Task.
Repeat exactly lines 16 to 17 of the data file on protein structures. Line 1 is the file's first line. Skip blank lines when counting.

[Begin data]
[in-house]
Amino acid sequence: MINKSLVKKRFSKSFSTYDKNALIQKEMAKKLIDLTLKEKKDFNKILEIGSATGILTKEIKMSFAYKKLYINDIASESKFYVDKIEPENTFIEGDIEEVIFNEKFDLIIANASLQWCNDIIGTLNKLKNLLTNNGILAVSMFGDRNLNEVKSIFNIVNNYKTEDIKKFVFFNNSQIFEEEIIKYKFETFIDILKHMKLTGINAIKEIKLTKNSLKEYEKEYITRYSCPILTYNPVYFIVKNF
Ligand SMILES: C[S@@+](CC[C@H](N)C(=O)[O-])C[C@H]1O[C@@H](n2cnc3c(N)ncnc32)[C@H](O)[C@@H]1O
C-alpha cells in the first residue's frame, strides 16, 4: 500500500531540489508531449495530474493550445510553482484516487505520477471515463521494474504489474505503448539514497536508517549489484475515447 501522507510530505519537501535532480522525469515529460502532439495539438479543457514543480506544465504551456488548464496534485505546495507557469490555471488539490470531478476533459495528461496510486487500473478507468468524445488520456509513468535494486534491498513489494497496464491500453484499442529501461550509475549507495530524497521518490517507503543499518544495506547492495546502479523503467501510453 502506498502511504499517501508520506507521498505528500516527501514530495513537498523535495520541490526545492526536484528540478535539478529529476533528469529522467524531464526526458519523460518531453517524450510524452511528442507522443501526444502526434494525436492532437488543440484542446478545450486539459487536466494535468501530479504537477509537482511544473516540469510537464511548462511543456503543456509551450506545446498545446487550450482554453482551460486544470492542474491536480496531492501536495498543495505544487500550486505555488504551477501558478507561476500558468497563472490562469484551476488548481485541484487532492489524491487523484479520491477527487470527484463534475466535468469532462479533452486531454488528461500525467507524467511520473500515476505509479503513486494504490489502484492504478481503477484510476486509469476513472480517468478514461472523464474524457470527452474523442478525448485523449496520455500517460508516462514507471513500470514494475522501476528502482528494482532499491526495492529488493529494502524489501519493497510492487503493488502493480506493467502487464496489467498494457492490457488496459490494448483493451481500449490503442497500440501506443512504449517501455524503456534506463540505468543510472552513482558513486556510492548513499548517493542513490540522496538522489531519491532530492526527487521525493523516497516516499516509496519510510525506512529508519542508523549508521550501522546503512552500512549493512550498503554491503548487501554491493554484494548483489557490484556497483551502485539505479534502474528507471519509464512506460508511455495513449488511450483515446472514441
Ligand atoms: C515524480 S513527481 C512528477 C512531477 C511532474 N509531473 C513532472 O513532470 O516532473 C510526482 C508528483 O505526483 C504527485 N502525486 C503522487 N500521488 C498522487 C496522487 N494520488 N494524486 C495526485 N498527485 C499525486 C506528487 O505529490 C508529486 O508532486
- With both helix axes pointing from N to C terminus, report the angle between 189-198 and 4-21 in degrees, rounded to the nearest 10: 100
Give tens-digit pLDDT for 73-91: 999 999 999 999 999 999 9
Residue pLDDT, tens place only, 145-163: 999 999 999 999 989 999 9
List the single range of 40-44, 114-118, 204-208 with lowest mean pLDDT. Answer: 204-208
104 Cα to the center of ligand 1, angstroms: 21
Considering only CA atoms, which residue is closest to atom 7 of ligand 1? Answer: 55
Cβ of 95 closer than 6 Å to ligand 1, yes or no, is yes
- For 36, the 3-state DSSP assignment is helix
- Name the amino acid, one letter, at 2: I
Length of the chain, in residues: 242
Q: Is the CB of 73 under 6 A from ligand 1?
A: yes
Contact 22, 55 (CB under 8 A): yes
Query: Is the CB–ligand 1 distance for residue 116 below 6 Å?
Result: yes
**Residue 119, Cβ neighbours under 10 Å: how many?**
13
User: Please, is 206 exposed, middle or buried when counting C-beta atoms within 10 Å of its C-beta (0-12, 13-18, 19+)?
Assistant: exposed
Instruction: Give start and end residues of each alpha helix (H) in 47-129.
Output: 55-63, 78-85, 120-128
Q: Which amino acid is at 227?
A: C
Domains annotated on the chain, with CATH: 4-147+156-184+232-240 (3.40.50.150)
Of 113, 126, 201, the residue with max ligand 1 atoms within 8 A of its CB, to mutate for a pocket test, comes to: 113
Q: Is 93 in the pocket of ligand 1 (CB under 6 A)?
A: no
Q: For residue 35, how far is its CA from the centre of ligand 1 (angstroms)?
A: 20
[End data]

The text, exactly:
Q: Is the CB of 73 under 6 A from ligand 1?
A: yes